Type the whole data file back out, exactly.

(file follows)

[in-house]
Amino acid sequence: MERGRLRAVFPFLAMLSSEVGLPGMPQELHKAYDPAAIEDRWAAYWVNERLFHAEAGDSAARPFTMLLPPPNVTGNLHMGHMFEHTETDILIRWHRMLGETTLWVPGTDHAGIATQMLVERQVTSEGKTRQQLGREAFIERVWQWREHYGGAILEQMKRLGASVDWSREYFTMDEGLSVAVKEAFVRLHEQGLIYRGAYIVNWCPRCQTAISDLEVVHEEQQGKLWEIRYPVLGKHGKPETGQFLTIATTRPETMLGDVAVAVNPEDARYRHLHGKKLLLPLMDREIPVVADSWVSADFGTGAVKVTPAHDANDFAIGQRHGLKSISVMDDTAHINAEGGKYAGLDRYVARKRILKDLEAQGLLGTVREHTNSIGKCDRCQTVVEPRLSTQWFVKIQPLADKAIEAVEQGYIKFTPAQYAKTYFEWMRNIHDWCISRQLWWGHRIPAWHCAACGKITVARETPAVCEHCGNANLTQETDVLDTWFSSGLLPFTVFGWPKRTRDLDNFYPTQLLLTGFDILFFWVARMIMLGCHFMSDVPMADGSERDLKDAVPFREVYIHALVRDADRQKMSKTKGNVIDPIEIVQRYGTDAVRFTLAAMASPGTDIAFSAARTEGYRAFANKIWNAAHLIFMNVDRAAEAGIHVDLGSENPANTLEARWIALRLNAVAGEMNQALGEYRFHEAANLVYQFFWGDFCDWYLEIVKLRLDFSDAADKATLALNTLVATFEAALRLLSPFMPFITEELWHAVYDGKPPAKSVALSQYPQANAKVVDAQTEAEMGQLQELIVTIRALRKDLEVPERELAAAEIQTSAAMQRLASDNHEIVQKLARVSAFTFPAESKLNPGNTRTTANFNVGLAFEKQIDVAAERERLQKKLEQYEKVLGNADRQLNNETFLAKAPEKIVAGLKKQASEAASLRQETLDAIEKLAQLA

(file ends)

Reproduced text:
[in-house]
Amino acid sequence: MERGRLRAVFPFLAMLSSEVGLPGMPQELHKAYDPAAIEDRWAAYWVNERLFHAEAGDSAARPFTMLLPPPNVTGNLHMGHMFEHTETDILIRWHRMLGETTLWVPGTDHAGIATQMLVERQVTSEGKTRQQLGREAFIERVWQWREHYGGAILEQMKRLGASVDWSREYFTMDEGLSVAVKEAFVRLHEQGLIYRGAYIVNWCPRCQTAISDLEVVHEEQQGKLWEIRYPVLGKHGKPETGQFLTIATTRPETMLGDVAVAVNPEDARYRHLHGKKLLLPLMDREIPVVADSWVSADFGTGAVKVTPAHDANDFAIGQRHGLKSISVMDDTAHINAEGGKYAGLDRYVARKRILKDLEAQGLLGTVREHTNSIGKCDRCQTVVEPRLSTQWFVKIQPLADKAIEAVEQGYIKFTPAQYAKTYFEWMRNIHDWCISRQLWWGHRIPAWHCAACGKITVARETPAVCEHCGNANLTQETDVLDTWFSSGLLPFTVFGWPKRTRDLDNFYPTQLLLTGFDILFFWVARMIMLGCHFMSDVPMADGSERDLKDAVPFREVYIHALVRDADRQKMSKTKGNVIDPIEIVQRYGTDAVRFTLAAMASPGTDIAFSAARTEGYRAFANKIWNAAHLIFMNVDRAAEAGIHVDLGSENPANTLEARWIALRLNAVAGEMNQALGEYRFHEAANLVYQFFWGDFCDWYLEIVKLRLDFSDAADKATLALNTLVATFEAALRLLSPFMPFITEELWHAVYDGKPPAKSVALSQYPQANAKVVDAQTEAEMGQLQELIVTIRALRKDLEVPERELAAAEIQTSAAMQRLASDNHEIVQKLARVSAFTFPAESKLNPGNTRTTANFNVGLAFEKQIDVAAERERLQKKLEQYEKVLGNADRQLNNETFLAKAPEKIVAGLKKQASEAASLRQETLDAIEKLAQLA